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Thursday, December 17, 2009

$dom2mootools: MooTools JavaScript Element Construction / Adoption Just Got Easier!


Overview: $dom2mootools drastically speeds up the process of JavaScript element construction when using the MooTools framework. Given any element node, it produces MooTools element constructors and should perform nearly seamless parent-child adoption (including a final adoption at the end and a reminder to reassign to your own root node).

Accreditation: Idea suggested by Jessie Yeagle and implemented by Eric Knickerbocker, both developers at Intuitive Web Solutions.

Creation Date: November 20, 2009. Last updated June 23, 2010.


Simply paste the HTML source code you want
to convert into the text box below and click Submit.


Check to flatten div HTML.


Monday, October 19, 2009

"Failed To Find Flength File": Uber-Uploader Error SOLVED

"Failed to find flength file."

I moved a new application we're developing from the development server onto the one that we hope to release live soon. As part of this package, we make use of Uber-Uploader and experienced no problems with the dev server, which was set up identically to the soon-to-be-live configuration. However, I kept getting a "Failed to find flength file" error on the new server.

I first consulted the page from Uber Uploader entitled Flength File Help "Failed To Find Flength File." That was clearly not the problem—I did not even have the mod_security module for Apache configured. I then ended up in a discussion forum related to the XUpload solution. Still no joy, though looking back, some people may have been on the right track, just not able to clearly communicate the solution.

In short, it was a file permissions issue. As most of you reading these words probably know, Linux has file permission settings and your Perl/CGI uploader script needs to chmod-ed to 755 or similar—it needs to be fully executable, in other words. No doubt the same issue would be true of an MS server with permissions set as well.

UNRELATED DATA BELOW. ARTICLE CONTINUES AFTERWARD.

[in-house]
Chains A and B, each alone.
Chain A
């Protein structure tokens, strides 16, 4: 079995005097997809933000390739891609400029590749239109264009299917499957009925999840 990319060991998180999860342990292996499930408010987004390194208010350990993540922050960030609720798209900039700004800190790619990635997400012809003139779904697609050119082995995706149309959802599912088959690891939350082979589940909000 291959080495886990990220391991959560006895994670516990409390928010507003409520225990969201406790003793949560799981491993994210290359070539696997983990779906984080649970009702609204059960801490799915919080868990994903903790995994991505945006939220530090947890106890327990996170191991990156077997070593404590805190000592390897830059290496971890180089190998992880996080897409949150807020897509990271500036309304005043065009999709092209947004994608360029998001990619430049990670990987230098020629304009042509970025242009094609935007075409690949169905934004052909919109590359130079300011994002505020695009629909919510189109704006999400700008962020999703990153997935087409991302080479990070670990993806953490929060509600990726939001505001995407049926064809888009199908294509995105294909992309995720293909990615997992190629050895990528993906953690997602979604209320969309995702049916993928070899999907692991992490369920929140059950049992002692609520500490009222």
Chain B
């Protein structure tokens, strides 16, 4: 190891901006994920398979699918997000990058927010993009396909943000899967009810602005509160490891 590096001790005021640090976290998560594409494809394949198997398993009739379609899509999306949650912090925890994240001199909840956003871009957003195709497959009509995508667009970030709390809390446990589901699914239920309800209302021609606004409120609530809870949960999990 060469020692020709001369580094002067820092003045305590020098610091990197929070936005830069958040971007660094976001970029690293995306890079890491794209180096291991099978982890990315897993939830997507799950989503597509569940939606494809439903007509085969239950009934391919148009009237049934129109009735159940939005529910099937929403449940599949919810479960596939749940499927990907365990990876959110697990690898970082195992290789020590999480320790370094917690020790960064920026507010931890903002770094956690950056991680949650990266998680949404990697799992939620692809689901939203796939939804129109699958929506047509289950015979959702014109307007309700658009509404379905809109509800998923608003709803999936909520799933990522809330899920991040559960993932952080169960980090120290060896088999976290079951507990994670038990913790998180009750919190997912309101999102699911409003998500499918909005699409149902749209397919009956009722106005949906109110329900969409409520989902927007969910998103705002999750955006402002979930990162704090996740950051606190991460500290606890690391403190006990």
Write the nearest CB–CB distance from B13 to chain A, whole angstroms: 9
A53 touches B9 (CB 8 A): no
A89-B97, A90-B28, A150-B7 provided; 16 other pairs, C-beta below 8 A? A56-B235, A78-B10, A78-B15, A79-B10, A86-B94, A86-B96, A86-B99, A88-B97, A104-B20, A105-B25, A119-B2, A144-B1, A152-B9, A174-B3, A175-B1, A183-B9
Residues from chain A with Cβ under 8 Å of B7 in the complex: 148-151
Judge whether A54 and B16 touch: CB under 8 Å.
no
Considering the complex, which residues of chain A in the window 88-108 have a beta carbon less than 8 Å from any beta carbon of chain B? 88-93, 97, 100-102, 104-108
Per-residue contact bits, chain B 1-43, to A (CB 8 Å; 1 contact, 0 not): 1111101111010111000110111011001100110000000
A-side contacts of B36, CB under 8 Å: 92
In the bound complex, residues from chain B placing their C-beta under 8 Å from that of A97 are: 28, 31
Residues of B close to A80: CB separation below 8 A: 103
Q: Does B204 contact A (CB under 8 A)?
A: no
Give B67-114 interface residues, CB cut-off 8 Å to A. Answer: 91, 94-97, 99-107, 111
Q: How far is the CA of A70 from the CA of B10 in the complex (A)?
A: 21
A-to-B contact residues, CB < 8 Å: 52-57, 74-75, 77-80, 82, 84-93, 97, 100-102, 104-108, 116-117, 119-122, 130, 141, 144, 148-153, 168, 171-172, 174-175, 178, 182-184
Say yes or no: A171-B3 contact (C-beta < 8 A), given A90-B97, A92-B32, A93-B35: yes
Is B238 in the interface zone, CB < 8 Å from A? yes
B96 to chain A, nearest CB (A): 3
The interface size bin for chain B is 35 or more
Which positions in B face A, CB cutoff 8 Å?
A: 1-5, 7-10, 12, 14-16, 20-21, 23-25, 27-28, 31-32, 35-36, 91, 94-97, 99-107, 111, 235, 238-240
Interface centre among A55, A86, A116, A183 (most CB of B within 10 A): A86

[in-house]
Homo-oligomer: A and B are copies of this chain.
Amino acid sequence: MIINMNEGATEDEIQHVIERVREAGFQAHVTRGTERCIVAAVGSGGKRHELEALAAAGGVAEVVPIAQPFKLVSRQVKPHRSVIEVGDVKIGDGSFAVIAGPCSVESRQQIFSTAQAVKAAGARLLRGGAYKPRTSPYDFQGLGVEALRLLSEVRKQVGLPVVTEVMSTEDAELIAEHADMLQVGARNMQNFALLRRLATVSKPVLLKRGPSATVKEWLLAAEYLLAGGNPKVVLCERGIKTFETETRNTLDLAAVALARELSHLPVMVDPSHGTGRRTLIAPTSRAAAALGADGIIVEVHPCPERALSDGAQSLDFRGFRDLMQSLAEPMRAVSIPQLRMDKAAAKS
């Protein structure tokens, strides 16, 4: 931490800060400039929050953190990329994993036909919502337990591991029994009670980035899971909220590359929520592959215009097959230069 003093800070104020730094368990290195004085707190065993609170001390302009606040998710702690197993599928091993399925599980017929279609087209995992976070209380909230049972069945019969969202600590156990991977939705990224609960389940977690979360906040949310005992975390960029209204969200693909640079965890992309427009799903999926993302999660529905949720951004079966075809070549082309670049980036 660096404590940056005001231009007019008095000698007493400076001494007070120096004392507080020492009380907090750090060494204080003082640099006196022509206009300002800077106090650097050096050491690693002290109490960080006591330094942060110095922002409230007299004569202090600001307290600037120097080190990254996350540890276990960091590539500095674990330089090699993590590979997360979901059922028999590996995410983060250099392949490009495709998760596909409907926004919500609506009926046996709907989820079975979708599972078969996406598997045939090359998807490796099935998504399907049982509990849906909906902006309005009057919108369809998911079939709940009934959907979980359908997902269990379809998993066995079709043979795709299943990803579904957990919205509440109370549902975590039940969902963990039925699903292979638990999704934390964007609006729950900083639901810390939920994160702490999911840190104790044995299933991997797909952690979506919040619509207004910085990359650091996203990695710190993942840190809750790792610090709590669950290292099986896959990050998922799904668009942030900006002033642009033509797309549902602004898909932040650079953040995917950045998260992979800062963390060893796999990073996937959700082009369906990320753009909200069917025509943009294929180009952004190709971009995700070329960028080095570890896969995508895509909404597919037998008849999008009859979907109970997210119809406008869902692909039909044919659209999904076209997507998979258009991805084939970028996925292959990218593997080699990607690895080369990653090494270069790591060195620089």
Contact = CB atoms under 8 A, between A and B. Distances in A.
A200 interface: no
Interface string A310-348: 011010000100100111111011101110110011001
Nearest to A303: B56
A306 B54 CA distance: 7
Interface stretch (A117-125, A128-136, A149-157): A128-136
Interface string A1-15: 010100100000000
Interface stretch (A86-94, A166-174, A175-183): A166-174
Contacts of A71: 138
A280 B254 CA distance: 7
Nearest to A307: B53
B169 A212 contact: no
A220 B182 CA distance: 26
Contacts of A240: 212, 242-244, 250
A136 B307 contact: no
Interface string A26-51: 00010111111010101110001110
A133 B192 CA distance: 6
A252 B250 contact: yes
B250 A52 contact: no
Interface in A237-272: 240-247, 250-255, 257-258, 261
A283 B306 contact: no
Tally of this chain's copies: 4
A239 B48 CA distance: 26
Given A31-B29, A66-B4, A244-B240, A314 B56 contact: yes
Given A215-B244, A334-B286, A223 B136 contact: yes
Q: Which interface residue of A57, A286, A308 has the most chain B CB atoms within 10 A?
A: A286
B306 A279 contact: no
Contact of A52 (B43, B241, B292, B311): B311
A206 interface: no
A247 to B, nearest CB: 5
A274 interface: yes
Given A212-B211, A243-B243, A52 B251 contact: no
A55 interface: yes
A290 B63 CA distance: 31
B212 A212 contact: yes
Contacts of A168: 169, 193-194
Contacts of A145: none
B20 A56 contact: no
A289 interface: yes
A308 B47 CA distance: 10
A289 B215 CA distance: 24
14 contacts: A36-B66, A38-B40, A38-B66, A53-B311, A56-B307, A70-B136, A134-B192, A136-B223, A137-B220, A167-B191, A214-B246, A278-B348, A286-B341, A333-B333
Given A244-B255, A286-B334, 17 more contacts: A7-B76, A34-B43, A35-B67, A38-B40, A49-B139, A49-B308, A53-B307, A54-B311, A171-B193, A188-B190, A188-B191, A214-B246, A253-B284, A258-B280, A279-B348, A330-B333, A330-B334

Don't know how to set script permissions? Most FTP programs offer that functionality, including the open-source program FileZilla—right click the Perl upload file, as shown below, and set your permissions to fully executable:

Wednesday, July 08, 2009

"EntityRef: expecting ';' at line 1": XML Error SOLVED

"EntityRef: expecting ';' at line 1"

I was using the Uber Uploader script for a project, and ran into the error above in the Firebug console. In my case, I had been passing a URL with a query string that needed to have HTML entities for the ampersands.

In other words, the following URL:
was creating an error in the XML file. The ampersands had to be encoded, which solved the error:
Wikipedia has a list of all the characters that must be encoded when using XML. I list them below with the symbol followed by the HTML entity you will need to use to replace it with. If you are receiving the same error (or the error "Reserved XML Name"), you most likely need to make sure that these symbols are encoded (and with the latter error, watch out for deadly white space and newline characters).
Symbol:HTML Entity:Description:
""(double) quotation mark
'' or "apostrophe (= apostrophe-quote)
<&lt;less-than sign
> &gt;greater-than sign

Note that if you are using PHP, htmlspecialchars and htmlspecialchars_decode should give you everything you need for XML; for JavaScript, you'll want a custom solution such as this one.